PKF South Africa

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01 Jul 2016

Practically, this becomes a difficult question where expenditure is incurred to earn both exempt and non-exempt income.  Take a management fee paid to a broker for example.  The underlying investments may comprise a combination of bonds and listed shares, therefore yielding both interest and dividends.  While interest would be ‘income’ as defined, dividends are not.  To what extent therefore is the management fee incurred in the production of income?

The Income Tax Act provides for expenditure such as the above to be apportioned when claimed as a deduction.  However, it is not prescriptive as to the manner in which said apportionment is to be applied.  In the above example, assume that the interest income amounts to R10,000 in the particular tax period, whilst dividend income amounts to R20,000.  Many tax practitioners’ approach is to apportion expenditure in the ratio that the ‘income’ bears to the total amount of ‘gross income’ received:  in the above example one third of the expenditure would be deductible on this basis (R10,000 / R30,000).

While the above approach may be appropriate in certain instances, the most appropriate basis for apportionment will depend on the facts at hand, including pertinently the nature of the fees, the nature of the underlying income, and the degree to which the fees are connected through causality to the income received (Commissioner for Inland Revenue v Nemojim (Pty) Ltd 1983 (4) SA 935 (A)).  In CSARS v MTN Holdings (Pty) Ltd (966/12) [2014] ZASCA 4 (7 March 2014), where the deductibility of audit fees were considered as applied to a holding/treasury company, the Supreme Court of Appeal considered an apportionment based on the above formula to be inappropriate.  That is not to state that such an approach would always be inappropriate, but only that it was inappropriate based on the facts of the MTN case.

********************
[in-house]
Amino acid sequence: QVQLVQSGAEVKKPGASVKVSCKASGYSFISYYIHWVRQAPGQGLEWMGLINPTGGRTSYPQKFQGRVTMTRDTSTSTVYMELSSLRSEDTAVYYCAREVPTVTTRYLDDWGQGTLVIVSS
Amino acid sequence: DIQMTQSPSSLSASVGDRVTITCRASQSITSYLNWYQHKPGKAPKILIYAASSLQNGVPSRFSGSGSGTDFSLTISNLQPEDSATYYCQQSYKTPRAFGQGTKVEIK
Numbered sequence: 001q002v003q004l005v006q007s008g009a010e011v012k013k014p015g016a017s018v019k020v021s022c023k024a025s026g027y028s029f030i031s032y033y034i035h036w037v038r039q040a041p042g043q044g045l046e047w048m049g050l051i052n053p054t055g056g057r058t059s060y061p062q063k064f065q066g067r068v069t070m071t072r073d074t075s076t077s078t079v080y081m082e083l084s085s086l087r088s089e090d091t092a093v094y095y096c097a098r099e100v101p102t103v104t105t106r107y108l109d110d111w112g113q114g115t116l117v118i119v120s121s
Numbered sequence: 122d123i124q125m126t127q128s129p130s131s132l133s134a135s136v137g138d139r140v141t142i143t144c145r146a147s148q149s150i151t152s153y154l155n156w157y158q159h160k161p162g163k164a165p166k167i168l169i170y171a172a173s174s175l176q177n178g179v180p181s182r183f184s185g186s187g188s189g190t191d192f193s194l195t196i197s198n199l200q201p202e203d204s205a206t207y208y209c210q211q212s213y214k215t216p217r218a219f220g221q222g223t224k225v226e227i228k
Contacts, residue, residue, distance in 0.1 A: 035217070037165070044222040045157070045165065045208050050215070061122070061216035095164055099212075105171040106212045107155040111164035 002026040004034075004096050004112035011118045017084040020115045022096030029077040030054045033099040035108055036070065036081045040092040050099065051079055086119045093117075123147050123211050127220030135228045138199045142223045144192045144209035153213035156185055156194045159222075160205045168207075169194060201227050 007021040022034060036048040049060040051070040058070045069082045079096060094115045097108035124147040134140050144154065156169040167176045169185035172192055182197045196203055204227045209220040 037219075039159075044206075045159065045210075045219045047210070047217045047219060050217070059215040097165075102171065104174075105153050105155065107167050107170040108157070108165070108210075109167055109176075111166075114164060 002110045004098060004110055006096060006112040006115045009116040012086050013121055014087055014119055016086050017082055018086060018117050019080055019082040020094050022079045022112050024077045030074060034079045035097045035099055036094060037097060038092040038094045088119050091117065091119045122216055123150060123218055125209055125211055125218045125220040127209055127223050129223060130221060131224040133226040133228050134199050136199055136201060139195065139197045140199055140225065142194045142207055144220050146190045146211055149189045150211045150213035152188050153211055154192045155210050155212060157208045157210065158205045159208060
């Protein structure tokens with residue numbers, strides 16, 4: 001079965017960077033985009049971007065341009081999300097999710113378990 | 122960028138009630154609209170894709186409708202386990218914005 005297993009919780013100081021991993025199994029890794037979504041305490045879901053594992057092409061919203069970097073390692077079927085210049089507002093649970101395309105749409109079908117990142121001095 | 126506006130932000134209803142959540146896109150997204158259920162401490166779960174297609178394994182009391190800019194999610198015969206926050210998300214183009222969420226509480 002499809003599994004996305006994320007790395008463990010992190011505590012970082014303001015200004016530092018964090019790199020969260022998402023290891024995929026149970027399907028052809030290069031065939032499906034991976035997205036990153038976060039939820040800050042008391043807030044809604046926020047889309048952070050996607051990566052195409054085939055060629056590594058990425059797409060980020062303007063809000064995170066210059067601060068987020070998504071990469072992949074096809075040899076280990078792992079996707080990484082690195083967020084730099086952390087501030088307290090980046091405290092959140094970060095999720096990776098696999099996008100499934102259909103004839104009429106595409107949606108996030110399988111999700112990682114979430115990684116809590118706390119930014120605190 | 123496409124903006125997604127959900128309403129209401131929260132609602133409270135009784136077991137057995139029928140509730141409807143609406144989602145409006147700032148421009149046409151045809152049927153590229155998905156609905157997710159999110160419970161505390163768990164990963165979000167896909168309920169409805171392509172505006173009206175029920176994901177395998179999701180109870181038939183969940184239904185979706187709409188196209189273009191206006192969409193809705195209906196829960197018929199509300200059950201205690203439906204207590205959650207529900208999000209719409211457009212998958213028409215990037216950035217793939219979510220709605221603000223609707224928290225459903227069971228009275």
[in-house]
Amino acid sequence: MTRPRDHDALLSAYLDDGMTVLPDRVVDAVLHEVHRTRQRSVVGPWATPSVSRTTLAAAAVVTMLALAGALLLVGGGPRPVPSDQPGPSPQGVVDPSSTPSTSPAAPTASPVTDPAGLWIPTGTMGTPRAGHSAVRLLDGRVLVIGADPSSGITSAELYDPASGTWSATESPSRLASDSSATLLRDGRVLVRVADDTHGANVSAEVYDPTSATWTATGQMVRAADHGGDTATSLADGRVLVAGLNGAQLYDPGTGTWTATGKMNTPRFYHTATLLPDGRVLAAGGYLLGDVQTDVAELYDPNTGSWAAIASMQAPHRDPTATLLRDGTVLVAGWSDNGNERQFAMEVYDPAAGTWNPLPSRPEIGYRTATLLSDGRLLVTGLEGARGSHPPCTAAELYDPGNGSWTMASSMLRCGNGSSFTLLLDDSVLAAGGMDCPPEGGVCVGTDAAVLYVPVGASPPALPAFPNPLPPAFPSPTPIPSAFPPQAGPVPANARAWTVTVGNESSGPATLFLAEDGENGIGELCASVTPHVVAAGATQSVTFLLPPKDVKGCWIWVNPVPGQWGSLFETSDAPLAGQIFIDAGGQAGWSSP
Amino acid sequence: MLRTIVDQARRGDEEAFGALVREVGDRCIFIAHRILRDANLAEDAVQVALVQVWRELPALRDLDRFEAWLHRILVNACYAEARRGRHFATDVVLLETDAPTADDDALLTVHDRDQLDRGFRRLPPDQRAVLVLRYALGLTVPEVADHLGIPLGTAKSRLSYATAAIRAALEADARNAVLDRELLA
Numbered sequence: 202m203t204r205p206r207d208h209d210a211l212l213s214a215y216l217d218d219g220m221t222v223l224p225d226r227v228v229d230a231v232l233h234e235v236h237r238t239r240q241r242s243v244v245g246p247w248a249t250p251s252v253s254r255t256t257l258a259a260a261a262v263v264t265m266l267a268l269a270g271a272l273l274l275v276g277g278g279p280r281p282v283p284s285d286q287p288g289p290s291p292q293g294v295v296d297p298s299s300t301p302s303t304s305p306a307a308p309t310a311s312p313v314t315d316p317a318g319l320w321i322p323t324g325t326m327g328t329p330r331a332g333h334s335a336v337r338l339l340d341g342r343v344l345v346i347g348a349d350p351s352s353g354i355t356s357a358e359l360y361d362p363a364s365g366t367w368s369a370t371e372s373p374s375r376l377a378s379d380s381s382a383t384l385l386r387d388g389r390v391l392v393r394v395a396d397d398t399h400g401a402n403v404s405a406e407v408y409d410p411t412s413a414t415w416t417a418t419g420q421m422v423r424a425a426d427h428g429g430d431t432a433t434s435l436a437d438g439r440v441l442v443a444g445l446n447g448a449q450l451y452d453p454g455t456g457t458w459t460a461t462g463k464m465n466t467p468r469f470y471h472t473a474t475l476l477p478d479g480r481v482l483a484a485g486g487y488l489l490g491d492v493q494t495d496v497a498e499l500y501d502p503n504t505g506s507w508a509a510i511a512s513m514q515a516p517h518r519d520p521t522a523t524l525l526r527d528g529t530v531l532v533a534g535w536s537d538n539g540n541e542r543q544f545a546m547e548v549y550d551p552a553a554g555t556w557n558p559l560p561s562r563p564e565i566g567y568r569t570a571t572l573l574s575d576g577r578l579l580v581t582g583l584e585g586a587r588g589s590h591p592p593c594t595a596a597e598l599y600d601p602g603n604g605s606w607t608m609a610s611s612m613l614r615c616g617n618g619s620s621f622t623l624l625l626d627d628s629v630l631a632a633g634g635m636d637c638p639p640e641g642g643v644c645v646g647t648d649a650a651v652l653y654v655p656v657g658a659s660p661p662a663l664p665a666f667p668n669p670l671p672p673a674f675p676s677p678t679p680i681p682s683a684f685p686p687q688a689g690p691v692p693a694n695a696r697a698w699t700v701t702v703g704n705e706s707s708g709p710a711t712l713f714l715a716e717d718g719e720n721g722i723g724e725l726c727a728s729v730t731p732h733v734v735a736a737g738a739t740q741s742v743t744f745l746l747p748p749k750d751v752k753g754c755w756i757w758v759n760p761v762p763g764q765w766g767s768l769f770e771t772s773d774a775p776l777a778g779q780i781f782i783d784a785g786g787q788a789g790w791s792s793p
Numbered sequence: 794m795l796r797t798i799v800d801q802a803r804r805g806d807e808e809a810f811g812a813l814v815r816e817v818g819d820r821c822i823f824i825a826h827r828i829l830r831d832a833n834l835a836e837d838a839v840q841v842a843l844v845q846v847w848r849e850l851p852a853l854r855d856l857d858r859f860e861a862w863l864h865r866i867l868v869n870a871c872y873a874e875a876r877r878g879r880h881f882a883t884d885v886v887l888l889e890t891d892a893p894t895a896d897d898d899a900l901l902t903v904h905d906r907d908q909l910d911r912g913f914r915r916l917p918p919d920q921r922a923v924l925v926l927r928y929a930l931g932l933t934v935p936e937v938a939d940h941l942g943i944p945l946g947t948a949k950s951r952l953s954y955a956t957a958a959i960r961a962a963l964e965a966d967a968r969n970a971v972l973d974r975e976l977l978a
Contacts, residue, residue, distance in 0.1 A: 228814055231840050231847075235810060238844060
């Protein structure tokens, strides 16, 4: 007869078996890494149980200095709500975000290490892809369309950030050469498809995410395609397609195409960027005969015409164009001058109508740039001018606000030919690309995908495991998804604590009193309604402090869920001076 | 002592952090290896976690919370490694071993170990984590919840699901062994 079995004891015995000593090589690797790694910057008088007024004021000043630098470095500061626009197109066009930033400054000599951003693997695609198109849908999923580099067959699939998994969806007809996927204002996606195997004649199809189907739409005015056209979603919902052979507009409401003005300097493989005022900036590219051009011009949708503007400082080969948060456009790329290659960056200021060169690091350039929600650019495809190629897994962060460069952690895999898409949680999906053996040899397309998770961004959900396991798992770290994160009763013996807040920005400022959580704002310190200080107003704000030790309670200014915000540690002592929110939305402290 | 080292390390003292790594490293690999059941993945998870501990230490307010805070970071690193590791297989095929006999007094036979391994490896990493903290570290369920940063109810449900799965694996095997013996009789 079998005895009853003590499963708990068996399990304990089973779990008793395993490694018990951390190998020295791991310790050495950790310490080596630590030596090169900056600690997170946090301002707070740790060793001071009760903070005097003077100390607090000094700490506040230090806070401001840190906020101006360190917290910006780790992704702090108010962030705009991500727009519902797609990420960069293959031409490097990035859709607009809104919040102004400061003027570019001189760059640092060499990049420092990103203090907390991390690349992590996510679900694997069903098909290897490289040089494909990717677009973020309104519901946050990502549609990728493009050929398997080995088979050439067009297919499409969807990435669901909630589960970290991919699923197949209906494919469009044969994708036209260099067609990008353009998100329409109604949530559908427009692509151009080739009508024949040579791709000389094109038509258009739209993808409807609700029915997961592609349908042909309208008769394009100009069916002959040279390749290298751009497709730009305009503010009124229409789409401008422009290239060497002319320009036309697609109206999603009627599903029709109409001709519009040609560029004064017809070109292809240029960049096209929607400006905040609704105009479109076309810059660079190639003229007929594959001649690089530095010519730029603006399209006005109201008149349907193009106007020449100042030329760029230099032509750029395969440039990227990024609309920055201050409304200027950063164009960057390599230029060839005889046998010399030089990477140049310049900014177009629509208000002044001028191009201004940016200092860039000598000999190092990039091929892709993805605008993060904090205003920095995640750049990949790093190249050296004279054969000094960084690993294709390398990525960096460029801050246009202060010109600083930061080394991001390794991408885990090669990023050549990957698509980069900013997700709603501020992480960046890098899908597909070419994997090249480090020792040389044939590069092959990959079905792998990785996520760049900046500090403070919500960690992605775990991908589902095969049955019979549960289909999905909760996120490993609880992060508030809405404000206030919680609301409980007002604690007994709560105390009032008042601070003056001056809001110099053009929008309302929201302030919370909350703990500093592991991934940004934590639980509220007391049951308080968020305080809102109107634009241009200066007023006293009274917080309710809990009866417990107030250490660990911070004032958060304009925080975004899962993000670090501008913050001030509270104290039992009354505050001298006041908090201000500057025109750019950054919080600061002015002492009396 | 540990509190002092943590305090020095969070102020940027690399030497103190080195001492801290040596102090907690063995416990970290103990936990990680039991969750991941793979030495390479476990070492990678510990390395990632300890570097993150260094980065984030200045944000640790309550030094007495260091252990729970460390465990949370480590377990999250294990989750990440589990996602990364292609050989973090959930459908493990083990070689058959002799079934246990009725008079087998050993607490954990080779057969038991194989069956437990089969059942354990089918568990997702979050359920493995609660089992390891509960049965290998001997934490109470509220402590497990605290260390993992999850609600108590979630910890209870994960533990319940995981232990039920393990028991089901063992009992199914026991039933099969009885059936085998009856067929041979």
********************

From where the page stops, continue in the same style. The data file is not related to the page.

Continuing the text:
What should be gleaned from the above though is that various bases may exist upon which to apportion expenditure, only one of which potential bases is the above formula.  One may consider the amount of time and effort that goes into the various revenue generating activities as a more appropriate basis for example.  The ultimate question is what the quid pro quo of the expenditure is.  Apportionment is therefore not merely one which should be reduced to an arithmetical exercise, but one which should be appropriate considering the relevant facts linked to both the income and expenditure in question.

This article is a general information sheet and should not be used or relied upon as professional advice. No liability can be accepted for any errors or omissions nor for any loss or damage arising from reliance upon any information herein. Always contact your financial adviser for specific and detailed advice. Errors and omissions excepted (E&OE)

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